We are all wounded on some level. Whether it was the mean girls in middle school or high school who made fun of our hair, clothes, or acne or an alcoholic father who did unspeakable things when he had too much to drink and no one else was around, we have scars.
Each one of those scars carries with it a story. A story chalk full of emotions that have helped to indelibly burn those experiences into our hearts and minds. An old cliché states, “Time can heal all wounds.” While time if often helpful, this adage is not completely true. There is much more involved in healing than the simple passage of time.
Healing involves forgiveness. The concept of forgiveness is tough for us to stomach at times. It is especially difficult when the person who wronged us does not ask for forgiveness or show remorse for their offense toward us. For some, the idea of forgiveness brings to mind another adage, “Forgive and forget.” That seems like an impossible response to the deep hurt we feel. Part of the reason many people struggle with the idea of forgiveness is that they do not really know what real forgiveness is and isn’t.
- Active. Being able to think about how we’ve been hurt and give up the ideas of getting even or wishing ill on the person who wronged us. If you think about someone who has hurt you and you can feel the anger or desire for revenge rising up inside, it’s a sign that you haven’t yet gone through the process of forgiveness.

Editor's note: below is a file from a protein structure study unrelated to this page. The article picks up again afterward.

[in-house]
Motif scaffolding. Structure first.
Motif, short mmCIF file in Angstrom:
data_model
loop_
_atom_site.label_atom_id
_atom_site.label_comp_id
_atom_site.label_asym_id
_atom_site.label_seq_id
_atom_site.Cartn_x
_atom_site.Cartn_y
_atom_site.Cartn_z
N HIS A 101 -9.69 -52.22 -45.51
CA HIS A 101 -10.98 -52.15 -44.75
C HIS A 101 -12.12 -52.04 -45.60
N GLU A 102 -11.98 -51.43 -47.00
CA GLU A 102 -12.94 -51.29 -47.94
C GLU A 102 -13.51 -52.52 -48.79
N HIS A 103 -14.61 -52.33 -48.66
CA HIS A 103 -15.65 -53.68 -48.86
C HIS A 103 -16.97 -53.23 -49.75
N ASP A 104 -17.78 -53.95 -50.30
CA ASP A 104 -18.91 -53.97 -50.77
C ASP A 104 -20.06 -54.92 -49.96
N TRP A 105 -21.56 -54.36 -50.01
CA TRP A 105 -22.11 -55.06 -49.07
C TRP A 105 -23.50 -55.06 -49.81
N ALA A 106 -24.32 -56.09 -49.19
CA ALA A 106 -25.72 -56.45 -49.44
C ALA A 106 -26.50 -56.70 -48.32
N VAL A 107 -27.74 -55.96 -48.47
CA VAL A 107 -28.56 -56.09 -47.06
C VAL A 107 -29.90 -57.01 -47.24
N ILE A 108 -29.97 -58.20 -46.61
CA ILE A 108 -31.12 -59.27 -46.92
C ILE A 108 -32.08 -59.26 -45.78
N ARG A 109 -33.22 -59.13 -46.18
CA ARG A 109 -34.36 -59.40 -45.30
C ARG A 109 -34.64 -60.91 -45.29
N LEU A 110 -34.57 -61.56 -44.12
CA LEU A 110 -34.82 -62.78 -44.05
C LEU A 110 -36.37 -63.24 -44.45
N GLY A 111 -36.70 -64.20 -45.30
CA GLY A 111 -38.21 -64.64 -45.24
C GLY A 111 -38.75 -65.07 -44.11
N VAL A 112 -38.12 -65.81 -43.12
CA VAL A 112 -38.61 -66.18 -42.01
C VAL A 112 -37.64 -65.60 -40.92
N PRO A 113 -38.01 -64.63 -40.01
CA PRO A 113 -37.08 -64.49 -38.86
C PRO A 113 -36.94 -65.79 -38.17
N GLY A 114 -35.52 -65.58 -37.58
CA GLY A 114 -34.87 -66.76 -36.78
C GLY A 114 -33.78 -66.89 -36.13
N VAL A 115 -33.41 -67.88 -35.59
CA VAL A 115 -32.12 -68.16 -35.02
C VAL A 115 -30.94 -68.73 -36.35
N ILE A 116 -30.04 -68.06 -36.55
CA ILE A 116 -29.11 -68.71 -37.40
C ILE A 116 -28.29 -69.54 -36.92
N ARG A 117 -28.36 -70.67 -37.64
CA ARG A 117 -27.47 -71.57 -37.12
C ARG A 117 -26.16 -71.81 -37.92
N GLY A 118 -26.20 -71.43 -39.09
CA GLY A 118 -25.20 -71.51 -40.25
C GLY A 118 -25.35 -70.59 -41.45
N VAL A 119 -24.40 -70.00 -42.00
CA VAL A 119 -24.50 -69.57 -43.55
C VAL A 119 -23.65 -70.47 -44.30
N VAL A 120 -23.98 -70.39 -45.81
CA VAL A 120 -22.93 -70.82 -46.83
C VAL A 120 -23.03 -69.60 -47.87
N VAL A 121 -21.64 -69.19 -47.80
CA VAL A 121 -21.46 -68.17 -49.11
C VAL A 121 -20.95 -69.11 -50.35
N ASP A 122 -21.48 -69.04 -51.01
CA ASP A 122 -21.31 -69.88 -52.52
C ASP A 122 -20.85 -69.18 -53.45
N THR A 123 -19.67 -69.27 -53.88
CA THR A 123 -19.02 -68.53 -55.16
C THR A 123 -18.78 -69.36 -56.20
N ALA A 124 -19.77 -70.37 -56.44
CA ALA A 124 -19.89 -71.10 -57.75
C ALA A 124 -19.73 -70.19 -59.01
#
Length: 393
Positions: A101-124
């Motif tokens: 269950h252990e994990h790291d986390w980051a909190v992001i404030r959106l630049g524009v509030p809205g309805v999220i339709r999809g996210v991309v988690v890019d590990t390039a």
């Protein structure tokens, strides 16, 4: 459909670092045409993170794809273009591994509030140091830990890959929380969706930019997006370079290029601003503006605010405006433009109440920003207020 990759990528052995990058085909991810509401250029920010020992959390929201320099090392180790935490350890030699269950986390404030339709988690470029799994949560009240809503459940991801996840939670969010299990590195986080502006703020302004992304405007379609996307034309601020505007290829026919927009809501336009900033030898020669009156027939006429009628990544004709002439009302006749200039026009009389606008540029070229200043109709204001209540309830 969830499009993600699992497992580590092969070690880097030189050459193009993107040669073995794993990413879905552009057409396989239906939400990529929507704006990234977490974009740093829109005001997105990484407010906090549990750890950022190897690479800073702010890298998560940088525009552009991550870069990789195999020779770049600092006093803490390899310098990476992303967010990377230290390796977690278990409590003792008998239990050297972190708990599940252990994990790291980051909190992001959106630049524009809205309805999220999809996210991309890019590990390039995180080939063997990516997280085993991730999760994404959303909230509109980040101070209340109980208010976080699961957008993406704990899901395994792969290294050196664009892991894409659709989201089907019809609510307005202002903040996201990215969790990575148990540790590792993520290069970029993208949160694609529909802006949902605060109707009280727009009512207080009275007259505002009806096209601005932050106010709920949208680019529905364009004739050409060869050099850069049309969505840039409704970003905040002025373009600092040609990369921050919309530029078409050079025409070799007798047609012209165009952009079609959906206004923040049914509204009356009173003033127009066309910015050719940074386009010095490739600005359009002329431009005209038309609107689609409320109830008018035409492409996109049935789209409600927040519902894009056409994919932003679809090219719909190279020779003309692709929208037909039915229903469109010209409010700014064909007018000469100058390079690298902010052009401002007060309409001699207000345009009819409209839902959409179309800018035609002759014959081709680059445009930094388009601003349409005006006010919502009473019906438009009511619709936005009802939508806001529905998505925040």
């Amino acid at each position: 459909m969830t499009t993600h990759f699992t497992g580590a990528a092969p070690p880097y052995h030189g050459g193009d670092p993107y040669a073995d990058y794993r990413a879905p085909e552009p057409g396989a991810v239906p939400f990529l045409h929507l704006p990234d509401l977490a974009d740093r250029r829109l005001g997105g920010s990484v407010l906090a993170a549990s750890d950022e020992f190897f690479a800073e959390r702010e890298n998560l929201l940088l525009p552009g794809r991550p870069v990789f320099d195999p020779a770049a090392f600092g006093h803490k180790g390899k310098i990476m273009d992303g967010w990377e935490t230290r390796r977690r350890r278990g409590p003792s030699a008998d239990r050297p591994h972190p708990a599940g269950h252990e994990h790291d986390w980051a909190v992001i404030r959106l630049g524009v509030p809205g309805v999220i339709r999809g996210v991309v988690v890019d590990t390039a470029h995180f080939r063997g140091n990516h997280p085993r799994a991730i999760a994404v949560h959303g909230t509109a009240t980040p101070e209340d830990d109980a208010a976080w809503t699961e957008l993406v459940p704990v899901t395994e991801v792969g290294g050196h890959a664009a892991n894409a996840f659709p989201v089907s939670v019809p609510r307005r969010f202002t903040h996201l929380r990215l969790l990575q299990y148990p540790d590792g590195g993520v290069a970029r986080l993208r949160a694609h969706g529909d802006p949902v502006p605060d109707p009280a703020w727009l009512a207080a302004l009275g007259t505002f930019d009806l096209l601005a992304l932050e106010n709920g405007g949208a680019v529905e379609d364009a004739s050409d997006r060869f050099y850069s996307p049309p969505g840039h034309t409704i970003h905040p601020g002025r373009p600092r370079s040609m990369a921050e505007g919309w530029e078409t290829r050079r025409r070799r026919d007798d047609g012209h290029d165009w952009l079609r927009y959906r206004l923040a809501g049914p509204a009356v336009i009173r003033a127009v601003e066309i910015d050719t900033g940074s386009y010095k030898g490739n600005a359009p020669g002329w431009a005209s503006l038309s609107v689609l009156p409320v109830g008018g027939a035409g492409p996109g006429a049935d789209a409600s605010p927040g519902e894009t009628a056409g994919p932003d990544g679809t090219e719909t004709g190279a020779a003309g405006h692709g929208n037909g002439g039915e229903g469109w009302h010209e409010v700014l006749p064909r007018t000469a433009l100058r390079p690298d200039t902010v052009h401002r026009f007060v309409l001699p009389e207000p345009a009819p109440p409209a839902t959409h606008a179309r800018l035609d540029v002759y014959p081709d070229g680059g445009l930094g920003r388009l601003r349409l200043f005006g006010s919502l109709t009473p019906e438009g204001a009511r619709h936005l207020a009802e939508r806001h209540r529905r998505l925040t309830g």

- A process. There are no magic formulas for forgiving someone. A certain amount of time is not guaranteed to lead to forgiveness. There are many difficult emotions wrapped up in our woundedness. At times, we might need to talk with pastoral counselor or mental health counselor in an individual counseling or group counseling setting in order to process our hurts and get to the place where we can begin to forgive.
- Freeing. Harboring ill feelings toward someone else doesn’t do anything to them. However, the research shows that the negative feelings we hold on to when we do not forgive can eat us alive. Those feelings are linked to gastrointestinal issues, high blood pressure, ulcers, and other stress-related health issues. To truly be whole and move forward, forgiveness is a must. It is an absolute necessity for healing.
- Forgetting. We humans will never forget. We may be able to work through the issues so it doesn’t hurt so badly when we remember, but thinking true forgiveness must include forgetting
- Allowing someone to continue to hurt you. Forgiving someone doesn’t mean you automatically give them the same place in your life. If someone has proven that his/her apologies don’t lead to behavior change, you do not have to let that person continue to hurt you in the name of forgiveness. For example, if your husband hits you when he is angry, forgiveness doesn’t mean that you stay in that relationship and allow him to continue to hit you. Will you ever be able to forgive him? It is possible. But you do not have to allow him to have the same place in your life that puts you at risk for more hurt or abuse.
- Easy. Often, the person who wronged us will never apologize. It is hard to forgive someone who doesn’t feel he/she did anything wrong. When someone doesn’t show remorse, it is tough to be the bigger person, put aside our pain, and in essence, let him/her off the hook. We want justice. When we don’t get justice, we feel gypped. It’s troublesome because we like everything to be in balance. Someone not being held accountable for hurting someone else is unfair, which is tough for us to swallow.
One more thing forgiveness is-possible. While it may seem unattainable based on the deep level of hurt we’ve experience, forgiveness is always possible if we are willing. It may require the help of a professional counselor or the support of your family or faith community, but it is possible. Take whatever steps you need to take start on the path of healing.